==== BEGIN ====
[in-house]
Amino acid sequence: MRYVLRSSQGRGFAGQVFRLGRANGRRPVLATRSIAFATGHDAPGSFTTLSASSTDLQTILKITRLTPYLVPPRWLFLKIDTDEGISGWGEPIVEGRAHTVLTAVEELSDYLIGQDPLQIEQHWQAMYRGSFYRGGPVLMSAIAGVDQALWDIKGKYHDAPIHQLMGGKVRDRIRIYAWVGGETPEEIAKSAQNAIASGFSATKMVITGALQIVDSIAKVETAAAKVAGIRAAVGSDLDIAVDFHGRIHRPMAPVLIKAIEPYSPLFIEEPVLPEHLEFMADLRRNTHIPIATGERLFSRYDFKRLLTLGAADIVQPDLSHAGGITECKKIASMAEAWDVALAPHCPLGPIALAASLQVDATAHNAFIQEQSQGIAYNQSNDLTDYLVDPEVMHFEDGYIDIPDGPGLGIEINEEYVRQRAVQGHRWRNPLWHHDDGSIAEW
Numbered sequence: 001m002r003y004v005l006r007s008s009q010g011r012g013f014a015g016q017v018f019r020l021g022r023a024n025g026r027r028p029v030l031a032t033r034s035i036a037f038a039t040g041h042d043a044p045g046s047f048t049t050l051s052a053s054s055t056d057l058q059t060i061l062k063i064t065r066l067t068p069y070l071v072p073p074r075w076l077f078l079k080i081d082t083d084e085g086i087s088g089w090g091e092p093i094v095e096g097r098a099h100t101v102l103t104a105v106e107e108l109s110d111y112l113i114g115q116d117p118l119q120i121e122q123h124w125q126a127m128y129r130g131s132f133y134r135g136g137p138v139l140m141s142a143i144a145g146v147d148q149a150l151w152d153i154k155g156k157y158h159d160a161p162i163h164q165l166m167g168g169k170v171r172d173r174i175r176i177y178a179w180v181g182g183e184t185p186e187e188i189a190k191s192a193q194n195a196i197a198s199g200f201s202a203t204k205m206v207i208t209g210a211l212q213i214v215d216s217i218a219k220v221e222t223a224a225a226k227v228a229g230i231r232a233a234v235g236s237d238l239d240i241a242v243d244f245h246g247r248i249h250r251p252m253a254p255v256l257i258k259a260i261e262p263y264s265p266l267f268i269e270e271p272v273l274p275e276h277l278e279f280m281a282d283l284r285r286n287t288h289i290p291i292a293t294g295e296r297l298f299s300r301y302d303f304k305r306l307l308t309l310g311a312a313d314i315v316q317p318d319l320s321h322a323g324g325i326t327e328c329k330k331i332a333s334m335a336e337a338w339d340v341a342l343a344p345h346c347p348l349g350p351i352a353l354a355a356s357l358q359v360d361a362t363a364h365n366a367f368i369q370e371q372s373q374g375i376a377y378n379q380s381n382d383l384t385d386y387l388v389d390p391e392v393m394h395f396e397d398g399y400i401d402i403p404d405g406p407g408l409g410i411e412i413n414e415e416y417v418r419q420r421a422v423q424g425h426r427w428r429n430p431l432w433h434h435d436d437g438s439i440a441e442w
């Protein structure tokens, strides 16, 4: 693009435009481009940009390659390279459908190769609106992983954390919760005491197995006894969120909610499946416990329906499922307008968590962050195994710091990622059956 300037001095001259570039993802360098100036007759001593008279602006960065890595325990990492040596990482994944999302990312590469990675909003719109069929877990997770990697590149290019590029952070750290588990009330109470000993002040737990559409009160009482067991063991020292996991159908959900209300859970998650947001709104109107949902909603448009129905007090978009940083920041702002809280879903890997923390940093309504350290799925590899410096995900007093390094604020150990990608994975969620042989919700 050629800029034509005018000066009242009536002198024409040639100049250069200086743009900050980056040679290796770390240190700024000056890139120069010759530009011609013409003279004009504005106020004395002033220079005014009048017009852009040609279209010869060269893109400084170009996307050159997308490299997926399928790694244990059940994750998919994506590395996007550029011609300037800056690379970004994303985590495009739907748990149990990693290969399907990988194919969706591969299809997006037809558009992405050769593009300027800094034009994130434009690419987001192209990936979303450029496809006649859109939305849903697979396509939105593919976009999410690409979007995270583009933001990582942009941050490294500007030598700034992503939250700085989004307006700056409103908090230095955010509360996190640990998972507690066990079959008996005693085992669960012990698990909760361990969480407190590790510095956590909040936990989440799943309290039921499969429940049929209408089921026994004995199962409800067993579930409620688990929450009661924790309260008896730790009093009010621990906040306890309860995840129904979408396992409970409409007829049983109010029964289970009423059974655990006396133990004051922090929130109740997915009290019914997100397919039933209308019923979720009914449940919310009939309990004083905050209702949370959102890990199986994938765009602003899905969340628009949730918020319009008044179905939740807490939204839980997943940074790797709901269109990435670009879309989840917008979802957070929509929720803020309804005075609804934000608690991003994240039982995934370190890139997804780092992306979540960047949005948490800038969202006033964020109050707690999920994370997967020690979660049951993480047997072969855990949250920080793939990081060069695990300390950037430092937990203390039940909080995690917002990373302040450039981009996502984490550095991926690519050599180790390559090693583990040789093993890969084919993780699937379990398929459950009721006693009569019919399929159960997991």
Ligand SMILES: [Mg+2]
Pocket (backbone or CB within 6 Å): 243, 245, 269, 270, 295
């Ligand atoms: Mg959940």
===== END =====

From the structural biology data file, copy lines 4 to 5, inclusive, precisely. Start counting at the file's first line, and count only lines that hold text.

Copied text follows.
């Protein structure tokens, strides 16, 4: 693009435009481009940009390659390279459908190769609106992983954390919760005491197995006894969120909610499946416990329906499922307008968590962050195994710091990622059956 300037001095001259570039993802360098100036007759001593008279602006960065890595325990990492040596990482994944999302990312590469990675909003719109069929877990997770990697590149290019590029952070750290588990009330109470000993002040737990559409009160009482067991063991020292996991159908959900209300859970998650947001709104109107949902909603448009129905007090978009940083920041702002809280879903890997923390940093309504350290799925590899410096995900007093390094604020150990990608994975969620042989919700 050629800029034509005018000066009242009536002198024409040639100049250069200086743009900050980056040679290796770390240190700024000056890139120069010759530009011609013409003279004009504005106020004395002033220079005014009048017009852009040609279209010869060269893109400084170009996307050159997308490299997926399928790694244990059940994750998919994506590395996007550029011609300037800056690379970004994303985590495009739907748990149990990693290969399907990988194919969706591969299809997006037809558009992405050769593009300027800094034009994130434009690419987001192209990936979303450029496809006649859109939305849903697979396509939105593919976009999410690409979007995270583009933001990582942009941050490294500007030598700034992503939250700085989004307006700056409103908090230095955010509360996190640990998972507690066990079959008996005693085992669960012990698990909760361990969480407190590790510095956590909040936990989440799943309290039921499969429940049929209408089921026994004995199962409800067993579930409620688990929450009661924790309260008896730790009093009010621990906040306890309860995840129904979408396992409970409409007829049983109010029964289970009423059974655990006396133990004051922090929130109740997915009290019914997100397919039933209308019923979720009914449940919310009939309990004083905050209702949370959102890990199986994938765009602003899905969340628009949730918020319009008044179905939740807490939204839980997943940074790797709901269109990435670009879309989840917008979802957070929509929720803020309804005075609804934000608690991003994240039982995934370190890139997804780092992306979540960047949005948490800038969202006033964020109050707690999920994370997967020690979660049951993480047997072969855990949250920080793939990081060069695990300390950037430092937990203390039940909080995690917002990373302040450039981009996502984490550095991926690519050599180790390559090693583990040789093993890969084919993780699937379990398929459950009721006693009569019919399929159960997991």
Ligand SMILES: [Mg+2]